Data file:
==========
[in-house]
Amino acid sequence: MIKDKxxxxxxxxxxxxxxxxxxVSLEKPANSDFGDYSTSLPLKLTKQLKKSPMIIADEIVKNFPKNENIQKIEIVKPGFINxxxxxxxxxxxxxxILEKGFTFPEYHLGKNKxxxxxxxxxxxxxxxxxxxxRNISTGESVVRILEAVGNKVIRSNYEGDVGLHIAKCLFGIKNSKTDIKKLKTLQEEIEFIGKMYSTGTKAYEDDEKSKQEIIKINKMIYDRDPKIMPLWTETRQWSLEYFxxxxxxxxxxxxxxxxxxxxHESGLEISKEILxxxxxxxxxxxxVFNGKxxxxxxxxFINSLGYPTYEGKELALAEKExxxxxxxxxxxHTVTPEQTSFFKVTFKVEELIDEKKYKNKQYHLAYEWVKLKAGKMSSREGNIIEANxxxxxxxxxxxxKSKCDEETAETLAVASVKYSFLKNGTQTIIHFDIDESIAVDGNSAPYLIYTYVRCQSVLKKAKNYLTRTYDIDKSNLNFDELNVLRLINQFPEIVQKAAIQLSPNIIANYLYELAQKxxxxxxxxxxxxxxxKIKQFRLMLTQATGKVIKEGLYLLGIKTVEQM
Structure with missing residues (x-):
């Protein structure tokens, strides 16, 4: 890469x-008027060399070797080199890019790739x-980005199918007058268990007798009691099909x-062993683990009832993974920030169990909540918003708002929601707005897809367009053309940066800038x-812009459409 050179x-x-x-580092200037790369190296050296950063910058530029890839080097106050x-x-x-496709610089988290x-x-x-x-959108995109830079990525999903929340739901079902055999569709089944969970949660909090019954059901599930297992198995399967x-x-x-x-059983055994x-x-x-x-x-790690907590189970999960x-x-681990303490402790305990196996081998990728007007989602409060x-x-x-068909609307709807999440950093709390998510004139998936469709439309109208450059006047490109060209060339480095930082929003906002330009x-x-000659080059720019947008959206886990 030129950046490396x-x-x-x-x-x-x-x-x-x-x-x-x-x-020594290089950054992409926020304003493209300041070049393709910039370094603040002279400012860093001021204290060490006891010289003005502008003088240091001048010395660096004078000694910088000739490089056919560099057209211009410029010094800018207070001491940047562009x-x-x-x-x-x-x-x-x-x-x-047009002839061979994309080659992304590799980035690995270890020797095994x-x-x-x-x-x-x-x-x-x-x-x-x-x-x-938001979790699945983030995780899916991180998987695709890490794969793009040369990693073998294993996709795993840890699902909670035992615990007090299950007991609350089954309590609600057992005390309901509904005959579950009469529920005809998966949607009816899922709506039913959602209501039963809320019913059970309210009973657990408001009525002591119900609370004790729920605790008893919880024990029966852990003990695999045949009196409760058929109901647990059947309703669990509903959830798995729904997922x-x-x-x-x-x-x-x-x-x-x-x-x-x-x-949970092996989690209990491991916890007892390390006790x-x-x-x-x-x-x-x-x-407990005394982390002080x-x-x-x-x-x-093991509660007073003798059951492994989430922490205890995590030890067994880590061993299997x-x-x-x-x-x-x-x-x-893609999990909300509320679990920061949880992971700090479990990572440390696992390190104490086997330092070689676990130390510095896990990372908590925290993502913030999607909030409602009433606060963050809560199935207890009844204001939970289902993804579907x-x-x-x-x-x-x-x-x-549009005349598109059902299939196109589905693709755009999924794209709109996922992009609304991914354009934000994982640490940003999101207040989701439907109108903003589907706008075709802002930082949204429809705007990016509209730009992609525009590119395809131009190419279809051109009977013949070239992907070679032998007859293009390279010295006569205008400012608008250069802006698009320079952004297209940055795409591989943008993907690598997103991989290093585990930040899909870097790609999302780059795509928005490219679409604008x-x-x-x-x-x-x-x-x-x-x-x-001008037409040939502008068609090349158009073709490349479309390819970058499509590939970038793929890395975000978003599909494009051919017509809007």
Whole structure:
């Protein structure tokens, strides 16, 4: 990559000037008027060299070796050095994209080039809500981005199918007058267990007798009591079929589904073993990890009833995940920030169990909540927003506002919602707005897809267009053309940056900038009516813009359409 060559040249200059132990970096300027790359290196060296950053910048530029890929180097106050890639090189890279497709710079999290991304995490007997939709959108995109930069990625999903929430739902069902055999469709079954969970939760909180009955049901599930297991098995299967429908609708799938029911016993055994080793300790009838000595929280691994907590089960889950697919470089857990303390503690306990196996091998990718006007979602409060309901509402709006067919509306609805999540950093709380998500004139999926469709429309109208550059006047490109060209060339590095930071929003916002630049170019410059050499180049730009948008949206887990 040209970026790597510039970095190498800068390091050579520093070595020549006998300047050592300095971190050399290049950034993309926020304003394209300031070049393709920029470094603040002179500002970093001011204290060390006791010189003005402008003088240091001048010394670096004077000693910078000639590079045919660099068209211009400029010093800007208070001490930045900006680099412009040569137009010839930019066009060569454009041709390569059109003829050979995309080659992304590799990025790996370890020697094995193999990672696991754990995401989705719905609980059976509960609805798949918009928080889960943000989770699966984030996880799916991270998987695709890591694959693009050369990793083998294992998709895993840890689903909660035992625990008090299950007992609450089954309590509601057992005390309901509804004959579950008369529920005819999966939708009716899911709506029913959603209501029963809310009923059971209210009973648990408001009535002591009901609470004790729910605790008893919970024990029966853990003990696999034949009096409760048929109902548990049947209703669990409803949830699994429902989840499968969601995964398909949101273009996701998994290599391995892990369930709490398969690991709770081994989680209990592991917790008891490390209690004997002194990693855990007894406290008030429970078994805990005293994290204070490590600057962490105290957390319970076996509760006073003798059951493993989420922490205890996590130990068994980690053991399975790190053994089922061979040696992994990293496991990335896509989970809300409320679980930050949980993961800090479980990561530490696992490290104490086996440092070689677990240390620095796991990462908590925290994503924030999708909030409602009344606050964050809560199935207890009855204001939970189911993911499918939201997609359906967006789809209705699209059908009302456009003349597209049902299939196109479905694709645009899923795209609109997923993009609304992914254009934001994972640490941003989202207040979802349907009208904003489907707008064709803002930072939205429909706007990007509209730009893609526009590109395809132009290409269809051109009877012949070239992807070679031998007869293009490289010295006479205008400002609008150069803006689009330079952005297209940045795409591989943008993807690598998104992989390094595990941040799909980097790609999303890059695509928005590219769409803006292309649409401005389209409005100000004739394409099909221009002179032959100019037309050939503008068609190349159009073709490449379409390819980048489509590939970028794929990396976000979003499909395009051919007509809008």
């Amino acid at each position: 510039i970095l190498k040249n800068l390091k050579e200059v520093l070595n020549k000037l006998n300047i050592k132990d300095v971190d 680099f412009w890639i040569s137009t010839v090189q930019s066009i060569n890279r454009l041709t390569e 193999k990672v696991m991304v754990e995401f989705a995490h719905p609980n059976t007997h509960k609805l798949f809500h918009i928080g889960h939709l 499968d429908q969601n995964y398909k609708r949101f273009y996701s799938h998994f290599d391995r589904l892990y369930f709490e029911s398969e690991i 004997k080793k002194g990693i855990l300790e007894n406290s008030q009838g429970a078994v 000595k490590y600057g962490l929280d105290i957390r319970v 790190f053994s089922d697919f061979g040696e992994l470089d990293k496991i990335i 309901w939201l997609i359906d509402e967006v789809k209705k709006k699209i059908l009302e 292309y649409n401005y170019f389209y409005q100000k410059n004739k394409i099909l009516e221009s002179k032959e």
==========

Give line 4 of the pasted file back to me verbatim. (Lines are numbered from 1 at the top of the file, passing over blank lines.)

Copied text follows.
């Protein structure tokens, strides 16, 4: 890469x-008027060399070797080199890019790739x-980005199918007058268990007798009691099909x-062993683990009832993974920030169990909540918003708002929601707005897809367009053309940066800038x-812009459409 050179x-x-x-580092200037790369190296050296950063910058530029890839080097106050x-x-x-496709610089988290x-x-x-x-959108995109830079990525999903929340739901079902055999569709089944969970949660909090019954059901599930297992198995399967x-x-x-x-059983055994x-x-x-x-x-790690907590189970999960x-x-681990303490402790305990196996081998990728007007989602409060x-x-x-068909609307709807999440950093709390998510004139998936469709439309109208450059006047490109060209060339480095930082929003906002330009x-x-000659080059720019947008959206886990 030129950046490396x-x-x-x-x-x-x-x-x-x-x-x-x-x-020594290089950054992409926020304003493209300041070049393709910039370094603040002279400012860093001021204290060490006891010289003005502008003088240091001048010395660096004078000694910088000739490089056919560099057209211009410029010094800018207070001491940047562009x-x-x-x-x-x-x-x-x-x-x-047009002839061979994309080659992304590799980035690995270890020797095994x-x-x-x-x-x-x-x-x-x-x-x-x-x-x-938001979790699945983030995780899916991180998987695709890490794969793009040369990693073998294993996709795993840890699902909670035992615990007090299950007991609350089954309590609600057992005390309901509904005959579950009469529920005809998966949607009816899922709506039913959602209501039963809320019913059970309210009973657990408001009525002591119900609370004790729920605790008893919880024990029966852990003990695999045949009196409760058929109901647990059947309703669990509903959830798995729904997922x-x-x-x-x-x-x-x-x-x-x-x-x-x-x-949970092996989690209990491991916890007892390390006790x-x-x-x-x-x-x-x-x-407990005394982390002080x-x-x-x-x-x-093991509660007073003798059951492994989430922490205890995590030890067994880590061993299997x-x-x-x-x-x-x-x-x-893609999990909300509320679990920061949880992971700090479990990572440390696992390190104490086997330092070689676990130390510095896990990372908590925290993502913030999607909030409602009433606060963050809560199935207890009844204001939970289902993804579907x-x-x-x-x-x-x-x-x-549009005349598109059902299939196109589905693709755009999924794209709109996922992009609304991914354009934000994982640490940003999101207040989701439907109108903003589907706008075709802002930082949204429809705007990016509209730009992609525009590119395809131009190419279809051109009977013949070239992907070679032998007859293009390279010295006569205008400012608008250069802006698009320079952004297209940055795409591989943008993907690598997103991989290093585990930040899909870097790609999302780059795509928005490219679409604008x-x-x-x-x-x-x-x-x-x-x-x-001008037409040939502008068609090349158009073709490349479309390819970058499509590939970038793929890395975000978003599909494009051919017509809007």